January 11, 2011

Hidden vs. open storage

Yesterday I shared how we organize our master bedroom closet, but we actually don't have space to store all of our clothes and shoes in that one closet.  The truth is that I have things stashed elsewhere in the house too: a plastic Rubbermaid bin of purses in the basement, a closet full of winter coats in the guest room, and baskets of t-shirts and workout clothes in our room.  Some of these are hidden storage, while others are very much open to view.  Ideally, your home should have a mix of both types of storage, depending on factors such as the product stored, the frequency of use, and your own personal aesthetic preferences.  Here are a few examples of each organizational strategy:

Hidden Storage
Some people prefer hidden storage for pretty much everything they own.  This is ideal if you don't want to keep everything super neat all the time (which applies to almost everyone...can you think of many people who would want a glass-door refrigerator and all glass-front cabinets in the kitchen?  Last night's leftovers look much better behind a stainless steel door, I think!).

{Not reality for most people!}

Hidden storage is also great for seasonal items or products you don't use often.  It's fine to keep the extra guest bedroom blankets in a storage bag under the bed, or to move your winter coats down to the basement at the end of the season.

And hidden storage is a necessity for certain items.  Spices, for example, begin to lose their potency when stored in sunlight or near a heat source.  So as pretty as that countertop spice holder looks sitting beside your stove, it's actually best if you store spices in a cool, dark place.

{The little spice closet inset into the wall of our old kitchen looked cute, but it was not ideal for storing spices}

{Our current pantry has plenty of room for lining up spice bottles behind closed doors -- much better!}

Of course, the great thing about hidden storage is that all you have to do is close a door and the room looks clean again!

{This mudroom uses hidden storage so it always looks neat}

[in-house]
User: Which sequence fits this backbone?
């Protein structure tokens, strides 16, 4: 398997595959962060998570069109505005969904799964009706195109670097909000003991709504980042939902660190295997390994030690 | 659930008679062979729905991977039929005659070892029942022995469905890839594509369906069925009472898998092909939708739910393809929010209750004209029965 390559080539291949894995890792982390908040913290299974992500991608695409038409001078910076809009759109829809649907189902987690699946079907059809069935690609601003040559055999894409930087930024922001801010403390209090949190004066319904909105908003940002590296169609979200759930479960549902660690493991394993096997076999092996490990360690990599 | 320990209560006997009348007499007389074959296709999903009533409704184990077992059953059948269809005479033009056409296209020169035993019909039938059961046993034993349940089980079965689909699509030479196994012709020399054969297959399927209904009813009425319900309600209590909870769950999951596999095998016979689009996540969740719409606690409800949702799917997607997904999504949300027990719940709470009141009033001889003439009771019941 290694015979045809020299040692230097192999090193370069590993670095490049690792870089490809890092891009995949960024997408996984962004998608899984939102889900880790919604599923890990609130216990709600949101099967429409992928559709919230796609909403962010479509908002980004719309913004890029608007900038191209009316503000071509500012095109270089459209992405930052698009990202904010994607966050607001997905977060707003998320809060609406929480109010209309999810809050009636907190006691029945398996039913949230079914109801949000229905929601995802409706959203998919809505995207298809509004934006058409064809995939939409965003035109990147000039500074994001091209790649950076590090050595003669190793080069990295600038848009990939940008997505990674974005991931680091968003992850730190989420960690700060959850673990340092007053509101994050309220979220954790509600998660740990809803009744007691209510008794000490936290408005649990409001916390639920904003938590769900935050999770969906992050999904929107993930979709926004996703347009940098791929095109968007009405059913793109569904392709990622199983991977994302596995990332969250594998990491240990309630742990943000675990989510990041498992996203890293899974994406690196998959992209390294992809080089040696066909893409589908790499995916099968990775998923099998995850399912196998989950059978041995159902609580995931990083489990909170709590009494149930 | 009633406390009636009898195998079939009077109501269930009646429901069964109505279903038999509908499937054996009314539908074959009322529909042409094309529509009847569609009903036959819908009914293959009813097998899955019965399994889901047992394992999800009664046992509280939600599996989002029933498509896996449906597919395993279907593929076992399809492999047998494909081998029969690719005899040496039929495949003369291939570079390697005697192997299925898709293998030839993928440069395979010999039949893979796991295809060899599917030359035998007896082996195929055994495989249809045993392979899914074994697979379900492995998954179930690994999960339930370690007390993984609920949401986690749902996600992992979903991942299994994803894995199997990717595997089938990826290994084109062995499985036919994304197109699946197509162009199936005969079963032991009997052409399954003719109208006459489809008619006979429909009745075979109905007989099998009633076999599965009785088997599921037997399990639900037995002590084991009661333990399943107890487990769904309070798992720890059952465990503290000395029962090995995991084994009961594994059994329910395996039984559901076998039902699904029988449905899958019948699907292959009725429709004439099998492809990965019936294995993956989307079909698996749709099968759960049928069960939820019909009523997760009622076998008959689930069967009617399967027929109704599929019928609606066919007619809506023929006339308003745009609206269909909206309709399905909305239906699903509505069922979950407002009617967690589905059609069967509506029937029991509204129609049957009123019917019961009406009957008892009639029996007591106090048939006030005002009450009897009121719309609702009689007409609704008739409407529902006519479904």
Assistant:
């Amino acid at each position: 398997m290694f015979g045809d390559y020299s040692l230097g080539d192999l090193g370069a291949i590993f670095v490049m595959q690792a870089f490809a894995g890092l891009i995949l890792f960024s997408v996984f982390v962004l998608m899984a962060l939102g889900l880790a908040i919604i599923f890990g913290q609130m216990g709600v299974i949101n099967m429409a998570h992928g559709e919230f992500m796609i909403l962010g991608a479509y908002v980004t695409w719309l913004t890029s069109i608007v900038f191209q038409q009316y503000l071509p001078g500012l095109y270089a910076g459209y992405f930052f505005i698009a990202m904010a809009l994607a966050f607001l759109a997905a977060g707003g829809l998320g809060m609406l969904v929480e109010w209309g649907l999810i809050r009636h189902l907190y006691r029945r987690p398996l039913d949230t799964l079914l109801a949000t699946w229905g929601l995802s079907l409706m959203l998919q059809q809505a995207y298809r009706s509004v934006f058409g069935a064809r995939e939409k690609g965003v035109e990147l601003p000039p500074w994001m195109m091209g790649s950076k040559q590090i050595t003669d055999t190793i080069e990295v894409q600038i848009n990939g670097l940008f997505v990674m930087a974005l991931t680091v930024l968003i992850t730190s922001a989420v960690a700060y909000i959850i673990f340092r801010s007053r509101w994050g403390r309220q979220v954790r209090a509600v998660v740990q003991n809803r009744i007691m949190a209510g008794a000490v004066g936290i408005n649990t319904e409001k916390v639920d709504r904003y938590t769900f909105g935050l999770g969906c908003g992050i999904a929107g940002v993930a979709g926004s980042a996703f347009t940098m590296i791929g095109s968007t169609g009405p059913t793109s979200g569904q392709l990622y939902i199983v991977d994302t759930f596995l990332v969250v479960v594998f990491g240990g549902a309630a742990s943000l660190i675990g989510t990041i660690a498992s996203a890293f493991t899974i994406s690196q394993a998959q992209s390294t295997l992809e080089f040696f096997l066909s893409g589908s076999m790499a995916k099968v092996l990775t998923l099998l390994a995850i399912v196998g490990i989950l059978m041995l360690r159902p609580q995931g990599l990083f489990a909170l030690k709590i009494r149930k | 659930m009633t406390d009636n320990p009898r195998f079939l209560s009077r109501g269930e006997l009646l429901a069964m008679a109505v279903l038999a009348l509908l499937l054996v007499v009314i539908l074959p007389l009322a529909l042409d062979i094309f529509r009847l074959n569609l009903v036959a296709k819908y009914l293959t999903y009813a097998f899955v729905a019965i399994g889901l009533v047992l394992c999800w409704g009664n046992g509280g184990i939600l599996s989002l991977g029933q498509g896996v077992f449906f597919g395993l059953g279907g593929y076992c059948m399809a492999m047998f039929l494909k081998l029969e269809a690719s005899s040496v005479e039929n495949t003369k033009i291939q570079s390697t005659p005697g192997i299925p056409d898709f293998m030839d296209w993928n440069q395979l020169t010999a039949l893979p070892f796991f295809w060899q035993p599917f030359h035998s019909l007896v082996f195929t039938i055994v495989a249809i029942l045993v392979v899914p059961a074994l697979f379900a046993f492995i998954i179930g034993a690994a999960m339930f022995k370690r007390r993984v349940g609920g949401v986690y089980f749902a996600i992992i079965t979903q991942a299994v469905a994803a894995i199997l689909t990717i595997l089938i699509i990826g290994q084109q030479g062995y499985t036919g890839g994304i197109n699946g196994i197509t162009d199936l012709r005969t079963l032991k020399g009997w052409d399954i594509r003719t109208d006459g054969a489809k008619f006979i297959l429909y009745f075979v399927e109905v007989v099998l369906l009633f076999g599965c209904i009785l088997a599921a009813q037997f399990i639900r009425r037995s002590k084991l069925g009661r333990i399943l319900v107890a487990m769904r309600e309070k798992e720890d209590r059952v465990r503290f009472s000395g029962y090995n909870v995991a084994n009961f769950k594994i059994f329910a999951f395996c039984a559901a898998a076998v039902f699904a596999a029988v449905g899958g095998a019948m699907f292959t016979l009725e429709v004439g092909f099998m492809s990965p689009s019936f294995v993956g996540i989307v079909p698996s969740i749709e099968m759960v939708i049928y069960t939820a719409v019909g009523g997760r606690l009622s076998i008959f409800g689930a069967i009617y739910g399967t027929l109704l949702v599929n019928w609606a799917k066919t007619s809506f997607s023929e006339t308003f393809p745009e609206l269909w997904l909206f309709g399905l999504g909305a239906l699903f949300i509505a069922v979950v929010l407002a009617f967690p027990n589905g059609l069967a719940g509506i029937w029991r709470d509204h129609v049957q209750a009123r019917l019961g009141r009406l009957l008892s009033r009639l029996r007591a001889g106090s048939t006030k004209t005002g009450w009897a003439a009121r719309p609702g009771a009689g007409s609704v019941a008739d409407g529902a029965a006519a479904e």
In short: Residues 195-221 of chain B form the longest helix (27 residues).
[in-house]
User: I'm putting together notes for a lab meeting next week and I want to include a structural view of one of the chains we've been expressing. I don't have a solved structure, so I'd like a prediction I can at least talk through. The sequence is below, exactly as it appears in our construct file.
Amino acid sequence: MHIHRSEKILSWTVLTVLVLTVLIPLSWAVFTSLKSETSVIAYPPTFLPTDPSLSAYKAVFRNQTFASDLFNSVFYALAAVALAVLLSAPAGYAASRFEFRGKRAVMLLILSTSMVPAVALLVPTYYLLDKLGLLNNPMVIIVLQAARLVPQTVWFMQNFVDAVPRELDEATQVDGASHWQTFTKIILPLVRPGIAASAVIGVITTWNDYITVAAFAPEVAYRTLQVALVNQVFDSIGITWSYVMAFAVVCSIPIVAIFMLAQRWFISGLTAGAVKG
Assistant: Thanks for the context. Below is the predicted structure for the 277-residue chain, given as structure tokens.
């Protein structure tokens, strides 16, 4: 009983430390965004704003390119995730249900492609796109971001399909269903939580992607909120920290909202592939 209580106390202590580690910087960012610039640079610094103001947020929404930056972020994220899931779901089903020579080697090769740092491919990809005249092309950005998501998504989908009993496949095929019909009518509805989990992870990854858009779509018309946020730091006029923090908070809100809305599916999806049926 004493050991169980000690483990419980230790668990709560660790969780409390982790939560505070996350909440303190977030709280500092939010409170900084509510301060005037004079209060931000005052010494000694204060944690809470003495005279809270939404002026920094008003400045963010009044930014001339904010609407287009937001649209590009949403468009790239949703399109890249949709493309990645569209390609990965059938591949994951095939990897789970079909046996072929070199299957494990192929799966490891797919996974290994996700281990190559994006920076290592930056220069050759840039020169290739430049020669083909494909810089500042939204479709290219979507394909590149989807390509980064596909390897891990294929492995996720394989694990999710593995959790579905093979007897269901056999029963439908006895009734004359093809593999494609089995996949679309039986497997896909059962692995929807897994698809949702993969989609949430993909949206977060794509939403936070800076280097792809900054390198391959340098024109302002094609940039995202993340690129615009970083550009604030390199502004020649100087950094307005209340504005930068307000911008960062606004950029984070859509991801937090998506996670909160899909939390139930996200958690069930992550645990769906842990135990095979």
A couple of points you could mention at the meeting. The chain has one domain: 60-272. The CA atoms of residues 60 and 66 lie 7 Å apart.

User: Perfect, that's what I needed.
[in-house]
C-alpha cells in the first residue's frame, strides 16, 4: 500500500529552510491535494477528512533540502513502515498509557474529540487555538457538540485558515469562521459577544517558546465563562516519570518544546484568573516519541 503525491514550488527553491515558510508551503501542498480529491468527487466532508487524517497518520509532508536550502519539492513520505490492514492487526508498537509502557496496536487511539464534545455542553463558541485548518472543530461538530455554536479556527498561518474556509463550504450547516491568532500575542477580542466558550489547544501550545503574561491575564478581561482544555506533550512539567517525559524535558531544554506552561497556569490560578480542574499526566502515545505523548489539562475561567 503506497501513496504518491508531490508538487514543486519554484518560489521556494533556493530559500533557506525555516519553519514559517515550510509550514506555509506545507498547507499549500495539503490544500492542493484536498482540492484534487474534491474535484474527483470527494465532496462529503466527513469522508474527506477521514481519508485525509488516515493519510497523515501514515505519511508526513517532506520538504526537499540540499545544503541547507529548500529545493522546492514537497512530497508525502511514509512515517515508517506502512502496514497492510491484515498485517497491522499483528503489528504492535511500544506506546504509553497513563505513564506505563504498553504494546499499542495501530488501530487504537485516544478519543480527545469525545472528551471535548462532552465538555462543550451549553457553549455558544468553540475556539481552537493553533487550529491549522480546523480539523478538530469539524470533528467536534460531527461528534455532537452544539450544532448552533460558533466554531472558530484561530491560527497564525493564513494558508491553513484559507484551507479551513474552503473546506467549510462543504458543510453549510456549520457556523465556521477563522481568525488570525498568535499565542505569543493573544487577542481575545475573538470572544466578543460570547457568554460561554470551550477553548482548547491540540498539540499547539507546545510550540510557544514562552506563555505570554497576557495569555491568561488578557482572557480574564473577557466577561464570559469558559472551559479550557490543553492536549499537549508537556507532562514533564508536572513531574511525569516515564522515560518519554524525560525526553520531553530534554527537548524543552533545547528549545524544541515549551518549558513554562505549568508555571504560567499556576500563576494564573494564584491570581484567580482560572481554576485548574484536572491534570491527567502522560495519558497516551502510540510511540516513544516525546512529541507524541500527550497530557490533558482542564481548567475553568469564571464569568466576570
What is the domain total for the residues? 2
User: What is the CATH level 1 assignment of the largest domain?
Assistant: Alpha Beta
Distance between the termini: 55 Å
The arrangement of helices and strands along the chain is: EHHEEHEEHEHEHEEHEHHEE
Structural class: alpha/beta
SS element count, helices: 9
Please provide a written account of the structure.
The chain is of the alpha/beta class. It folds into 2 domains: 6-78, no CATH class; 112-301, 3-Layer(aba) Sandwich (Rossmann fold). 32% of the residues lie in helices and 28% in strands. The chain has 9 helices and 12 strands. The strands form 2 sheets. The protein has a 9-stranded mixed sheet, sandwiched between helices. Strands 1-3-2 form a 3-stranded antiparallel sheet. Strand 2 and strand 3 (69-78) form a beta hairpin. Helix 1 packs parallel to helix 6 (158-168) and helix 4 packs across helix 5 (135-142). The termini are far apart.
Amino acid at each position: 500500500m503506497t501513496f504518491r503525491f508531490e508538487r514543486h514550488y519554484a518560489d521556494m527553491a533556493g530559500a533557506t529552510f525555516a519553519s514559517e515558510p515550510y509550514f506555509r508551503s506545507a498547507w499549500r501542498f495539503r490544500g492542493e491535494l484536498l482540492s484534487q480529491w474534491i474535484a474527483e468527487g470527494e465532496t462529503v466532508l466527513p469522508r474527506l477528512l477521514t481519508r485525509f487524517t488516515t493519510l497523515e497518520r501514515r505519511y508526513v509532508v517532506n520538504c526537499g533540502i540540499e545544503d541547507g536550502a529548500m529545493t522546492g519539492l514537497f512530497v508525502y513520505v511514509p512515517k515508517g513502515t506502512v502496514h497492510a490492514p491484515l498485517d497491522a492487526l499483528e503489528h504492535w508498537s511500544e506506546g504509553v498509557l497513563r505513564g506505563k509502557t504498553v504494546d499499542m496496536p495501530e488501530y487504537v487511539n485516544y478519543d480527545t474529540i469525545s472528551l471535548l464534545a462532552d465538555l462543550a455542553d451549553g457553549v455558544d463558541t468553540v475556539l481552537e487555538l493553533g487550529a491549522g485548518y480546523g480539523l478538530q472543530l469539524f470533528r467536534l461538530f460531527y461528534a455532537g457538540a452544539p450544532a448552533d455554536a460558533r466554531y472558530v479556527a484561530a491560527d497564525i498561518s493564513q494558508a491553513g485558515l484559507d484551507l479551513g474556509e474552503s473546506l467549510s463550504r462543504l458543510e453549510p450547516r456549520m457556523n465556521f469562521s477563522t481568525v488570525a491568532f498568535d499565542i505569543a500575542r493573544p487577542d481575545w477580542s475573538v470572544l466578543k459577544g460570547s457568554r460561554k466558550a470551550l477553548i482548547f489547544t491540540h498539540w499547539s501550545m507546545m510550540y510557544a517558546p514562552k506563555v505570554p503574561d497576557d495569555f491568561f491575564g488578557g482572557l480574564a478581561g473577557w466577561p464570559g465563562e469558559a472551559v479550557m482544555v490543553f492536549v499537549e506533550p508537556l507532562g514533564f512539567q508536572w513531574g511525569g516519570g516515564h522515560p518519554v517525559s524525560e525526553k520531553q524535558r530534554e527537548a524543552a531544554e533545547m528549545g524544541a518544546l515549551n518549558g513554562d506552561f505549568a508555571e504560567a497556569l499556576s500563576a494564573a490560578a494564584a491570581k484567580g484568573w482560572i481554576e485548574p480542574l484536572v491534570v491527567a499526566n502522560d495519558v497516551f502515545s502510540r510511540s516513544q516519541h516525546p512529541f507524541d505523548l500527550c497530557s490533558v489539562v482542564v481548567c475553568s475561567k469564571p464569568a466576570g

Open Storage
When I say "open storage," what I mean is storage that is not hidden in a closet or behind cabinet doors.  You can still hide some clutter in totes and baskets, but open storage is much more accessible and visible than hidden storage.

The great thing--and the worst thing--about open storage is that it has to look good at all times.  If your dreams involve a shopping spree at the Container Store, this may be for you.  Keep in mind that, from a budget standpoint, open storage is usually going to be more expensive than hidden storage.  It's much cheaper to buy a bunch of large plastic bins for the garage or basement than it is to buy a set of small baskets.  Nonetheless, open storage is great for things you use often (towels and toiletries in the bathroom, toys for the kids, or books and magazines you are reading now).

Here are a few places where we use open storage in our home:

{Seagrass media bins hold DVDs on open shelves}

{A floating shelf in the bathroom is a handy ledge for towels and lotion}

{Shelves under the kitchen island hold baskets of dishtowels, mixing bowls, and metal and glass canisters filled with baking ingredients}

{More open shelves hold cookbooks and serving pieces}

A couple more examples of how open storage can be both functional and good looking:

{A clever idea: use magazine holders to store clutches and as bookends to support your larger handbags}

{Lots of matching storage canisters help this bathroom look uncluttered}

So, are you more of a hidden or open storage type of person?

Photo credits: mudroom (Jennifer Worts design), white bathroom (Livingetc)

No comments:

Related Posts Plugin for WordPress, Blogger...